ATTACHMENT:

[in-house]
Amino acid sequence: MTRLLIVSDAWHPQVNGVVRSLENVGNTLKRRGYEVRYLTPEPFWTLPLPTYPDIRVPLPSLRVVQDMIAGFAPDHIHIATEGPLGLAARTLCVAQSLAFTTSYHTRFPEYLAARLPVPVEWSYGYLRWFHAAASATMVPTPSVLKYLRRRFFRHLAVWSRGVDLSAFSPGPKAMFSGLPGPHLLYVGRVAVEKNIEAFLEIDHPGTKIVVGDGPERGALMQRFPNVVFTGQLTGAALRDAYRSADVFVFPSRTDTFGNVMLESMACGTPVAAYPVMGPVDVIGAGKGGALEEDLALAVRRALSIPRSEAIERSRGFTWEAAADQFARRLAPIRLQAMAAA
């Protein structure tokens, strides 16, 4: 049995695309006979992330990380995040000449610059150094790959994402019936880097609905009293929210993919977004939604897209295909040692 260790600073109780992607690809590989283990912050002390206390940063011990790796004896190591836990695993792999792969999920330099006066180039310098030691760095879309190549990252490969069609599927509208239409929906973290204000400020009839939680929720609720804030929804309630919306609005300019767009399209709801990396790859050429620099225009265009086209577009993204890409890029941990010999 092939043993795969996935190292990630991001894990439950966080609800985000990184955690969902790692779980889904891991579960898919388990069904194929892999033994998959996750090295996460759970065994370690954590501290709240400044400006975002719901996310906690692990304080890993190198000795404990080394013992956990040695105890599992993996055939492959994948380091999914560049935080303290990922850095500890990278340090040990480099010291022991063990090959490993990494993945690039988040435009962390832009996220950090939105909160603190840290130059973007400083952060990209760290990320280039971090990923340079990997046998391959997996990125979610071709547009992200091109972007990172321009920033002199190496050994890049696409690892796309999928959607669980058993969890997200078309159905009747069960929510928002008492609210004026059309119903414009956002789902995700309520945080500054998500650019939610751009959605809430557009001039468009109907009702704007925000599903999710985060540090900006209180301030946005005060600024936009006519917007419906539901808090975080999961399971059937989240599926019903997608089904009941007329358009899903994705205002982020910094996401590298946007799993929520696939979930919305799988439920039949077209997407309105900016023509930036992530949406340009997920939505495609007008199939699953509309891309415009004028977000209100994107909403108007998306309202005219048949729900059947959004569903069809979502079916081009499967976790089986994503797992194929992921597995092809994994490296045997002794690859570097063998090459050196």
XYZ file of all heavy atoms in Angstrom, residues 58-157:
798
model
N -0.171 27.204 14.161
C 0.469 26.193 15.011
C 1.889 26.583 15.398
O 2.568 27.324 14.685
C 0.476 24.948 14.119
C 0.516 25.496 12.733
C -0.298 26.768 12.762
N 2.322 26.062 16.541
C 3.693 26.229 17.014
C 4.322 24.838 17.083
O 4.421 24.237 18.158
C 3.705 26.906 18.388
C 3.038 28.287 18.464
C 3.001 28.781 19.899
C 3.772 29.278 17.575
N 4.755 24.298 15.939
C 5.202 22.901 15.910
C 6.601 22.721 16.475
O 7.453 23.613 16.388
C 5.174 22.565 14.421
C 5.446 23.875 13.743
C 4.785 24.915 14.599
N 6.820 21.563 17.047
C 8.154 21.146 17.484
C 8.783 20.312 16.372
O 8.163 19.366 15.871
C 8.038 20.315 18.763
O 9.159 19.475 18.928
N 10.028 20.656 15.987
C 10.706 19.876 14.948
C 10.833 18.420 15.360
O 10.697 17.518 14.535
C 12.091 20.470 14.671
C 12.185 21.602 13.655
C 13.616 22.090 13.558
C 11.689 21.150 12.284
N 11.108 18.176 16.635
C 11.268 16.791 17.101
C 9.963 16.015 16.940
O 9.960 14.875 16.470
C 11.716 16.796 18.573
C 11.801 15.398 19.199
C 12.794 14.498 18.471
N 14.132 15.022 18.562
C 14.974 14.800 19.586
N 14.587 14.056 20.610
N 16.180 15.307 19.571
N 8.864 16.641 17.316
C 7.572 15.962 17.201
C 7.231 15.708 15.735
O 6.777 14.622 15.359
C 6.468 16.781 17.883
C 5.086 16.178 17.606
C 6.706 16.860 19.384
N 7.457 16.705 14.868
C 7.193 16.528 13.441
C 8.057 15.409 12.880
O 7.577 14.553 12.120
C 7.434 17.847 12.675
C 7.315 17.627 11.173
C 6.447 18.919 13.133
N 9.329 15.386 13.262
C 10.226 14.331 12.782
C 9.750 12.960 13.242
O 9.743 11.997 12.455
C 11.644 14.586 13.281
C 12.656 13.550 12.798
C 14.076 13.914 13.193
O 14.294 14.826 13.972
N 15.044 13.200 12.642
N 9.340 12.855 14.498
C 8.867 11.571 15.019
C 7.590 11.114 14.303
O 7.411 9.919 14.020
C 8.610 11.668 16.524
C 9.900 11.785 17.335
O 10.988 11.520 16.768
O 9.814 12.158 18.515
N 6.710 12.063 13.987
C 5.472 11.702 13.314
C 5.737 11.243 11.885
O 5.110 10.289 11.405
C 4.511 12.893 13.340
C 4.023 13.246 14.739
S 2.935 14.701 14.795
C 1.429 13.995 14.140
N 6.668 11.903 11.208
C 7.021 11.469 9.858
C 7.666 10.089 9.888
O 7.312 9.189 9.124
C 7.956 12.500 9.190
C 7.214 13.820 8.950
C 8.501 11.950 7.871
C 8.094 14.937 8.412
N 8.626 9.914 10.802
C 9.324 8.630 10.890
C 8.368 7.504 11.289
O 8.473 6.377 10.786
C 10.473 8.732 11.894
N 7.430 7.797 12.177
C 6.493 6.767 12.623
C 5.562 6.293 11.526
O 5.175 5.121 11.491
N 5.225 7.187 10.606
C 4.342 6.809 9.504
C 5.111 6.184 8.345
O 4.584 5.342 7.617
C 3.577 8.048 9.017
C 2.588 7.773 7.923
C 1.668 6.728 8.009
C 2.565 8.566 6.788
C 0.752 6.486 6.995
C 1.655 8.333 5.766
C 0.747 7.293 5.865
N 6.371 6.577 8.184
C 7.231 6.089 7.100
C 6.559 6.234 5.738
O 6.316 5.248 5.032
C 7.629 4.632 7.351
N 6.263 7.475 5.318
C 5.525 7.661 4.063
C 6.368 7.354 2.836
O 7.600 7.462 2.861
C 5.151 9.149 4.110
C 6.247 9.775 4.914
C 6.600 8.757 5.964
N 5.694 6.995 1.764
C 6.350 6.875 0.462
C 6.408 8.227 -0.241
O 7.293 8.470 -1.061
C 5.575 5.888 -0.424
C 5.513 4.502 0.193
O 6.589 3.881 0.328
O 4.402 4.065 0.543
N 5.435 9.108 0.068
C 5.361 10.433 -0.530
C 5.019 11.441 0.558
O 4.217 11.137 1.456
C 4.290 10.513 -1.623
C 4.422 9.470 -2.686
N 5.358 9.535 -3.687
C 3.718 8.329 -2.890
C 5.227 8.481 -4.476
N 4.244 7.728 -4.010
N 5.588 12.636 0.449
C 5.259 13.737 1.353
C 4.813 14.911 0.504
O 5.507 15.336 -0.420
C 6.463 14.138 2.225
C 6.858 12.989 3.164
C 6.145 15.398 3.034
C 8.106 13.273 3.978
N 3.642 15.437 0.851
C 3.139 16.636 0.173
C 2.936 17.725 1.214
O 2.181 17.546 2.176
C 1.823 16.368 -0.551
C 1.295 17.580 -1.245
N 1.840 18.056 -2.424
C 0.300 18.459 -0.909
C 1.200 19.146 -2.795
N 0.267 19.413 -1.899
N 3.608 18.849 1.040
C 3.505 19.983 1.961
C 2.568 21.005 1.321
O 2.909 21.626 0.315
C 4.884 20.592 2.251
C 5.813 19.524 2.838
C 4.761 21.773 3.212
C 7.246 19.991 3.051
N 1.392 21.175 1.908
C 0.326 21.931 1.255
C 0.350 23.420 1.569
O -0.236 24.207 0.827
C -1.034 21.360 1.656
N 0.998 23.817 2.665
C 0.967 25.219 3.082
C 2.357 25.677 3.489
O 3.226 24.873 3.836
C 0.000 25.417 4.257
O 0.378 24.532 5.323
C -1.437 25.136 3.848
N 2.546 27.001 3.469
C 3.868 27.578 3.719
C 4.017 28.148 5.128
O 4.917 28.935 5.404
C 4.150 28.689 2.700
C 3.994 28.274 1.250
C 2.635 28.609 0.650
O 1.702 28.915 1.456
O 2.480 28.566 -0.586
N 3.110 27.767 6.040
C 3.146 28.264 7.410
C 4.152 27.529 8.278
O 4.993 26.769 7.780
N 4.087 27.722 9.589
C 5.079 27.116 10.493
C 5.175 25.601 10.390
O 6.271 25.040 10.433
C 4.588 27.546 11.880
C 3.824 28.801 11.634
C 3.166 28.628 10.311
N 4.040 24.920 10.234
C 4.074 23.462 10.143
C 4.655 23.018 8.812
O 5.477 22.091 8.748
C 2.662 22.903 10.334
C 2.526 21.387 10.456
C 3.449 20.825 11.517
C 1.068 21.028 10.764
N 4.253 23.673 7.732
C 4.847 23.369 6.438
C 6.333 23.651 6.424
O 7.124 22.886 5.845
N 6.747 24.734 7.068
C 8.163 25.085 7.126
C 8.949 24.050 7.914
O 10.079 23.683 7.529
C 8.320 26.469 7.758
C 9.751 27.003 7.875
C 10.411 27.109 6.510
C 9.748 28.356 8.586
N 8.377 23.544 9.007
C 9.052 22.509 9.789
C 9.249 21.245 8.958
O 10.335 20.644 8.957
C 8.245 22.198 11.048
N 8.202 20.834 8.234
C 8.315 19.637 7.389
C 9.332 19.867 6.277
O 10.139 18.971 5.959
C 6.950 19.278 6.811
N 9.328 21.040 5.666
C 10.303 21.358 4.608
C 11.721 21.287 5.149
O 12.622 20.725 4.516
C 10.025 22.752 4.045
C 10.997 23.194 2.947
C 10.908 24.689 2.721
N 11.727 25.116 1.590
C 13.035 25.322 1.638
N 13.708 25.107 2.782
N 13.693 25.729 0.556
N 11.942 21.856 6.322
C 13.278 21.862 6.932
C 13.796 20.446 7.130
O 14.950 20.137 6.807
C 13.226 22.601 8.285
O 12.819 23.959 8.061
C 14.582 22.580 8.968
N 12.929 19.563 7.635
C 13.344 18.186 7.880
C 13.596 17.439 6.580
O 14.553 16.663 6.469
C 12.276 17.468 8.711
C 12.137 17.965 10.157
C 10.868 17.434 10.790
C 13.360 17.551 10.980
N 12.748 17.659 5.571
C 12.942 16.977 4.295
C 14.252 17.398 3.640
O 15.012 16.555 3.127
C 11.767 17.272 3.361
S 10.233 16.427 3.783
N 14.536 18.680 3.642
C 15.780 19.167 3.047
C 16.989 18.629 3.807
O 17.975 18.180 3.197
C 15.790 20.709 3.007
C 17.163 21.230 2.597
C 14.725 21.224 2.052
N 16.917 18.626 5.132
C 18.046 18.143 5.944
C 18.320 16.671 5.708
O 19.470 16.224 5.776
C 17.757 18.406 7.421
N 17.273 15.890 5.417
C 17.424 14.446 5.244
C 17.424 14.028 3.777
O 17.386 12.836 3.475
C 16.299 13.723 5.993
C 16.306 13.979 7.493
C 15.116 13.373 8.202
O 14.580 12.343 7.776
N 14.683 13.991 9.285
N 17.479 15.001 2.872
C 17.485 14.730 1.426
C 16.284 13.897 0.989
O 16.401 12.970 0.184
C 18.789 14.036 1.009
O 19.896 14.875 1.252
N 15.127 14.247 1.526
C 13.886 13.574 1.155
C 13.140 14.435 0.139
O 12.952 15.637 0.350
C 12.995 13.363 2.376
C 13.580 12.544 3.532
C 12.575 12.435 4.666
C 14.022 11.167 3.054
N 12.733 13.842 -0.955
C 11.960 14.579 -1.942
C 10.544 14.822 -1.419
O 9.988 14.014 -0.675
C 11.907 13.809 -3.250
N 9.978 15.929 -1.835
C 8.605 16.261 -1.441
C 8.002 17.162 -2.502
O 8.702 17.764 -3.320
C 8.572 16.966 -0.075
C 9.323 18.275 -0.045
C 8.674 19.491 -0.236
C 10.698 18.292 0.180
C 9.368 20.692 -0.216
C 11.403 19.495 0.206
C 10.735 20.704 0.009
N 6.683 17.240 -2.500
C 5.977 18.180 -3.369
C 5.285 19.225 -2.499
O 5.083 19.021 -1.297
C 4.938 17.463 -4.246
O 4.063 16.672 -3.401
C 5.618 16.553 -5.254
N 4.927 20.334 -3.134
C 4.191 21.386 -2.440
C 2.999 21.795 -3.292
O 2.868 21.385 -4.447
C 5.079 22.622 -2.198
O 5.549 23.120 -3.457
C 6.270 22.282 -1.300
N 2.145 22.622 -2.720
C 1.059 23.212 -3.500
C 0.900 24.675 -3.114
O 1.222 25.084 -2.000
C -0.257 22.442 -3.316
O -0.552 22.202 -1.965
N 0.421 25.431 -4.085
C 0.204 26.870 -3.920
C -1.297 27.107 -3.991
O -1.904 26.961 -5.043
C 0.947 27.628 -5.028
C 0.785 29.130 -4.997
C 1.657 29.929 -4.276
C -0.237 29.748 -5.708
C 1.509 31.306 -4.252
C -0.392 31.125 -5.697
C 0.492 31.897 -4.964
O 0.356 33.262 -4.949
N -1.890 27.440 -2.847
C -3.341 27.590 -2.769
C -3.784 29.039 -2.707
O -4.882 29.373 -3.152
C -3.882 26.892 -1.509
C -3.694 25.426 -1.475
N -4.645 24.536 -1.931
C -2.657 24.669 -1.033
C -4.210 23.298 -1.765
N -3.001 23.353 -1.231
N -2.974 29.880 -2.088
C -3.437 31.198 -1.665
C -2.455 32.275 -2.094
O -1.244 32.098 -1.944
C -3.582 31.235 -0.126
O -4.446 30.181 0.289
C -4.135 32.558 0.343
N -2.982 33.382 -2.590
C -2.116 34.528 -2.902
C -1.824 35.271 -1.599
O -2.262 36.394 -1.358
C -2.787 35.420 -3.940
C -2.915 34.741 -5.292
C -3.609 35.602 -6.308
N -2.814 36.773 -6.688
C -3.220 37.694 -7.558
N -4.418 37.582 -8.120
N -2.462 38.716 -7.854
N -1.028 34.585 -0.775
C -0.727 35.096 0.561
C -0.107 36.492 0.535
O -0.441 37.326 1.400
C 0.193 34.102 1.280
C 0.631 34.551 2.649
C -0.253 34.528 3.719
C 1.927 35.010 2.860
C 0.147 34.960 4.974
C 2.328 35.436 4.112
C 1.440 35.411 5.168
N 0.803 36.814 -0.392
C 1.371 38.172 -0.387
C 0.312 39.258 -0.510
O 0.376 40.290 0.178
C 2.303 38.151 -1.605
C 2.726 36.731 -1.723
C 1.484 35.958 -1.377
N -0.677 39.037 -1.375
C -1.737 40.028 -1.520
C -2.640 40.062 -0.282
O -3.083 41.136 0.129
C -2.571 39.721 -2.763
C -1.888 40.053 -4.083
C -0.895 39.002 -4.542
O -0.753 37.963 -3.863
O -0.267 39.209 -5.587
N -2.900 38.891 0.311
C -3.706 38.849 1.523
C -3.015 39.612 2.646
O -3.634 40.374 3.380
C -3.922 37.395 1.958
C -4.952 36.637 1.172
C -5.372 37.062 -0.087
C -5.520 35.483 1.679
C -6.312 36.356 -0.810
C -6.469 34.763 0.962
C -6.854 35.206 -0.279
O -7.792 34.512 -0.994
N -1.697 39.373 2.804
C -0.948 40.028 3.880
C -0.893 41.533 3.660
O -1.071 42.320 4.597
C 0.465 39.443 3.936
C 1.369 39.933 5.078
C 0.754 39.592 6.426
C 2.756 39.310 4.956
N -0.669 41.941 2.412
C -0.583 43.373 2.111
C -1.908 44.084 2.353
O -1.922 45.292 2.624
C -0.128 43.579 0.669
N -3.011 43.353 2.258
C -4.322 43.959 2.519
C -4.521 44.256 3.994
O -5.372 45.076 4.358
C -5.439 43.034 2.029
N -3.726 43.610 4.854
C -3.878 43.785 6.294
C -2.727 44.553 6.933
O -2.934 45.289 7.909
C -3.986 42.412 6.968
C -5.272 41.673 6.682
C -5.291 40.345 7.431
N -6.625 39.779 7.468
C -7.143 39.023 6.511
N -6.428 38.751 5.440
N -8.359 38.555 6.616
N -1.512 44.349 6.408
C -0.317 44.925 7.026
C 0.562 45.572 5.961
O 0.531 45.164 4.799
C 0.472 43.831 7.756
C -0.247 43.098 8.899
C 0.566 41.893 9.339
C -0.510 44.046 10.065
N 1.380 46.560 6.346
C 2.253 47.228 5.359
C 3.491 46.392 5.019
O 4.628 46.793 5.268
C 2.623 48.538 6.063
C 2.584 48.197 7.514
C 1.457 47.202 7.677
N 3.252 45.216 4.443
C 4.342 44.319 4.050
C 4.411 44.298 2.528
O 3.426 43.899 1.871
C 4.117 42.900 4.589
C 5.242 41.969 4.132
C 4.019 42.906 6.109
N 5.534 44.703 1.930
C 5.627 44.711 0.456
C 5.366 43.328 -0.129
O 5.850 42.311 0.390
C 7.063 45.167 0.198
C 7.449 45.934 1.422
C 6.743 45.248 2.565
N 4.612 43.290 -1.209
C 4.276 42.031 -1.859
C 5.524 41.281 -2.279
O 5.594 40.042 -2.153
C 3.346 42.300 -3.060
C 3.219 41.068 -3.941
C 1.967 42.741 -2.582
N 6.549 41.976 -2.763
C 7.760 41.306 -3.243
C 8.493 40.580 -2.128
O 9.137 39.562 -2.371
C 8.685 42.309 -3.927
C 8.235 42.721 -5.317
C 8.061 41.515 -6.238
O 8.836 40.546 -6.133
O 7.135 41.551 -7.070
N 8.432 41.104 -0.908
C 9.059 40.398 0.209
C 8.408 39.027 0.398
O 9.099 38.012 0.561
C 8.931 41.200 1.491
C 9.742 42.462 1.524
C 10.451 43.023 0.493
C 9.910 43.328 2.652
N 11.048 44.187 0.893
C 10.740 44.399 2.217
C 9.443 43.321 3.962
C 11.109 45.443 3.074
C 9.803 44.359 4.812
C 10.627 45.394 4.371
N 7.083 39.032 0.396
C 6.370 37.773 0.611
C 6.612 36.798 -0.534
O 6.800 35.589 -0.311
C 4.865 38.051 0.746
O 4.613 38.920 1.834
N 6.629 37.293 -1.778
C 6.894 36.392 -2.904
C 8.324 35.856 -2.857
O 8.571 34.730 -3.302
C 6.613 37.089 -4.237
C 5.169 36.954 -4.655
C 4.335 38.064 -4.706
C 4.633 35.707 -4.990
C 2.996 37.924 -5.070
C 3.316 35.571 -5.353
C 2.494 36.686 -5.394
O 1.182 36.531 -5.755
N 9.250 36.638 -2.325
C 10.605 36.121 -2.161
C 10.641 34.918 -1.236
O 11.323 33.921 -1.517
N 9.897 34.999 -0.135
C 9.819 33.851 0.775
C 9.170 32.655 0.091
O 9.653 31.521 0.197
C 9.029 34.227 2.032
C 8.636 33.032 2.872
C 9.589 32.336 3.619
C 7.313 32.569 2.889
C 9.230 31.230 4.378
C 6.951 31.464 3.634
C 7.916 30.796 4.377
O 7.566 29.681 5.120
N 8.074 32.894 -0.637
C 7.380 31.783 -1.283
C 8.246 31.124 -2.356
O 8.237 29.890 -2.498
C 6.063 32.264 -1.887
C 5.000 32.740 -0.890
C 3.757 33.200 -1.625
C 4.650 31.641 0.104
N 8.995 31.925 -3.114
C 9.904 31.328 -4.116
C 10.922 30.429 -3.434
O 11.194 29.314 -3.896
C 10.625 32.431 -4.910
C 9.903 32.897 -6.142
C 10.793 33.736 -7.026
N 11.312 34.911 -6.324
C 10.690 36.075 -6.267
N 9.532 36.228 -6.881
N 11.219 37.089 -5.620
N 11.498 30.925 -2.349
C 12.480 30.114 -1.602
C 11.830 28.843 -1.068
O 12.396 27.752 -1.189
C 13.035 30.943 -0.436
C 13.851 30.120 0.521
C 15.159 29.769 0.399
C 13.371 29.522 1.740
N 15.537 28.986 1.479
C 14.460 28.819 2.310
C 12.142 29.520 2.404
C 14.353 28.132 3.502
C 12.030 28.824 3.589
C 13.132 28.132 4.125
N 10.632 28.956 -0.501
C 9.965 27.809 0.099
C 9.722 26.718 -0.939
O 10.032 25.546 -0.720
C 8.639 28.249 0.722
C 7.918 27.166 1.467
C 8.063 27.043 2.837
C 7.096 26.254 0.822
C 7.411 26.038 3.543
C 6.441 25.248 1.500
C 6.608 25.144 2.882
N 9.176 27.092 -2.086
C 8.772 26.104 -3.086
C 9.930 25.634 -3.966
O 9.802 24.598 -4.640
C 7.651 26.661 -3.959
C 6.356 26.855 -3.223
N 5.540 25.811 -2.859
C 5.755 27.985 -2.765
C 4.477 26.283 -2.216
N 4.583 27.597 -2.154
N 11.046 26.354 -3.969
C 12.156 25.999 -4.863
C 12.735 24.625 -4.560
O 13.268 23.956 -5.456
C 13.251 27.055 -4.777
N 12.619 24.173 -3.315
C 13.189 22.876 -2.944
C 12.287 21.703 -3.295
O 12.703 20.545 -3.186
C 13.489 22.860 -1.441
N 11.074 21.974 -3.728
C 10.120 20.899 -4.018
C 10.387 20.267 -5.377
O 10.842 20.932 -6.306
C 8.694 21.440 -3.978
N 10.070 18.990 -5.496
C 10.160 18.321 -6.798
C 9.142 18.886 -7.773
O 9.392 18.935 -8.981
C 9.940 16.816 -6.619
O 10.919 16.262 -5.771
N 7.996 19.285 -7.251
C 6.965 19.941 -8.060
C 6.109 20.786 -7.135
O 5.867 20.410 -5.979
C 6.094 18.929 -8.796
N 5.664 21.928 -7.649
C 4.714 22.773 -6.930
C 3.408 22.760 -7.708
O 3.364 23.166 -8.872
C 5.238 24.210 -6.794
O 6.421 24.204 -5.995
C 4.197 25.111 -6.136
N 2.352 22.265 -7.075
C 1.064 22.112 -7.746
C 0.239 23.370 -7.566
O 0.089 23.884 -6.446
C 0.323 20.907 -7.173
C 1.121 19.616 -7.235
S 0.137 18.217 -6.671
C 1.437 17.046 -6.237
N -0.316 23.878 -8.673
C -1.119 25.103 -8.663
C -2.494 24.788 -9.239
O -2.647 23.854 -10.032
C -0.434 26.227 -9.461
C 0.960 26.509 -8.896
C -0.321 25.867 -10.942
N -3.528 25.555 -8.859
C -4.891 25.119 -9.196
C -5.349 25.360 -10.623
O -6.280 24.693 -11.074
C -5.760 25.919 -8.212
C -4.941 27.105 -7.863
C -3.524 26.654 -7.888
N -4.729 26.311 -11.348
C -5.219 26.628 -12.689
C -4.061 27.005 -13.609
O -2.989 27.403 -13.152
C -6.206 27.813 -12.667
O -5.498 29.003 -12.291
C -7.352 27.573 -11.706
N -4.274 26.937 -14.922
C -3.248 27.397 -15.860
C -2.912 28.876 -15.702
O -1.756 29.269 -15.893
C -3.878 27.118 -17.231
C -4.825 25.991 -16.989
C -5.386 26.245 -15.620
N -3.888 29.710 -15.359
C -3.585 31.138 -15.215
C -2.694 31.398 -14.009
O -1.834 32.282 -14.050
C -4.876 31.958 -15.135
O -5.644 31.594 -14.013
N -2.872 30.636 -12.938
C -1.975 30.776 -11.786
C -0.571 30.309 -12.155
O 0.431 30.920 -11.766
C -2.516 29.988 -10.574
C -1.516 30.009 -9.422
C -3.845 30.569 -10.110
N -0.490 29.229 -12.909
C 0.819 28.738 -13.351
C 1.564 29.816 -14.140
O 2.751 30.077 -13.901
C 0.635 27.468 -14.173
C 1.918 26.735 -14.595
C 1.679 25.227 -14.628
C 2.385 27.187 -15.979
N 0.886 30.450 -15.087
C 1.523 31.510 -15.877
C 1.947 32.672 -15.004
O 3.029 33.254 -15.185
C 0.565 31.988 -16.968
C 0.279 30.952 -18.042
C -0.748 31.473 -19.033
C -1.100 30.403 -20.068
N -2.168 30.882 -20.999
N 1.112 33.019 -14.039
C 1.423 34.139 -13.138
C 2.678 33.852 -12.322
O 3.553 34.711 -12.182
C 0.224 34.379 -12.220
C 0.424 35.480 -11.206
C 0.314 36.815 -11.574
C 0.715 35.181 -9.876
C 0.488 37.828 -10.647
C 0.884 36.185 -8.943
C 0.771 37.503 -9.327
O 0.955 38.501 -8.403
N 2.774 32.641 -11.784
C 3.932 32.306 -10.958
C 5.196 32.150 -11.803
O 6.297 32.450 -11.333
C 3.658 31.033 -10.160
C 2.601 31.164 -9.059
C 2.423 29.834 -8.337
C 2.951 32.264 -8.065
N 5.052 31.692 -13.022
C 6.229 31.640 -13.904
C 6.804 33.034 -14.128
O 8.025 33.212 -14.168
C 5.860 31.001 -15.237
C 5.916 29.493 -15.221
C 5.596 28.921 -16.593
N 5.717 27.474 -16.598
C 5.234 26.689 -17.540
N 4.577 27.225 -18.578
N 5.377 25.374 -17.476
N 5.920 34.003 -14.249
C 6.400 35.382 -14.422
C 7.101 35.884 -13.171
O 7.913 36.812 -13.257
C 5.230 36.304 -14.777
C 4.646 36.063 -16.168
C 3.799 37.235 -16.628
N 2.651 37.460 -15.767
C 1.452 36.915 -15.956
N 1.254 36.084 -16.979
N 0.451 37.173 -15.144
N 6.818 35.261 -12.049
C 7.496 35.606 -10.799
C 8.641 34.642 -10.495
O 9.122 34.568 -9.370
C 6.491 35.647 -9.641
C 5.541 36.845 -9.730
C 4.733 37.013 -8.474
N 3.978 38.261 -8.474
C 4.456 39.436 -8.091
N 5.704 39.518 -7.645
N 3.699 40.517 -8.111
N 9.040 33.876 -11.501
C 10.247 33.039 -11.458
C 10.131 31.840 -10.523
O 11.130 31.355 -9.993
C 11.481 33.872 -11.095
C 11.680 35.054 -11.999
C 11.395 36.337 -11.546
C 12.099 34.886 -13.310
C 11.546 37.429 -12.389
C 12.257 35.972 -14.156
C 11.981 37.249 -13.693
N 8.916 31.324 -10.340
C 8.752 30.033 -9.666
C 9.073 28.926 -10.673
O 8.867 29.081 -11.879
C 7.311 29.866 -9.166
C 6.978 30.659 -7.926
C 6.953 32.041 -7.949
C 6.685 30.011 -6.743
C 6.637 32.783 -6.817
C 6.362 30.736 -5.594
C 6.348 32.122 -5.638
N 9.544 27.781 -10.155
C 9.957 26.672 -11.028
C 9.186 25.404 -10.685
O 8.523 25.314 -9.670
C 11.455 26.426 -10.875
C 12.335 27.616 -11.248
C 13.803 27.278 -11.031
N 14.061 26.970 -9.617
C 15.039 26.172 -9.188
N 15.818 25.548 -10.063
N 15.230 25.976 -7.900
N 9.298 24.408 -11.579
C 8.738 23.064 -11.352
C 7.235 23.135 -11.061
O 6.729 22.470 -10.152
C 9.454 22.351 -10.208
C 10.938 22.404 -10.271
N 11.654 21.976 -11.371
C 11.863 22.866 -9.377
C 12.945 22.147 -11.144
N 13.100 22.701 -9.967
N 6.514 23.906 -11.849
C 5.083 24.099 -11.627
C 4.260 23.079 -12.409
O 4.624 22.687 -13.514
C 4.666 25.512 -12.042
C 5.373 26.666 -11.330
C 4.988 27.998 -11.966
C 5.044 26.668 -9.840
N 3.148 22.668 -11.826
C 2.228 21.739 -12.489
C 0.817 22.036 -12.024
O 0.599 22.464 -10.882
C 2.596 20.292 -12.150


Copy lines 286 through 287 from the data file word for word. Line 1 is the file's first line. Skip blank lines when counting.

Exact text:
O 17.386 12.836 3.475
C 16.299 13.723 5.993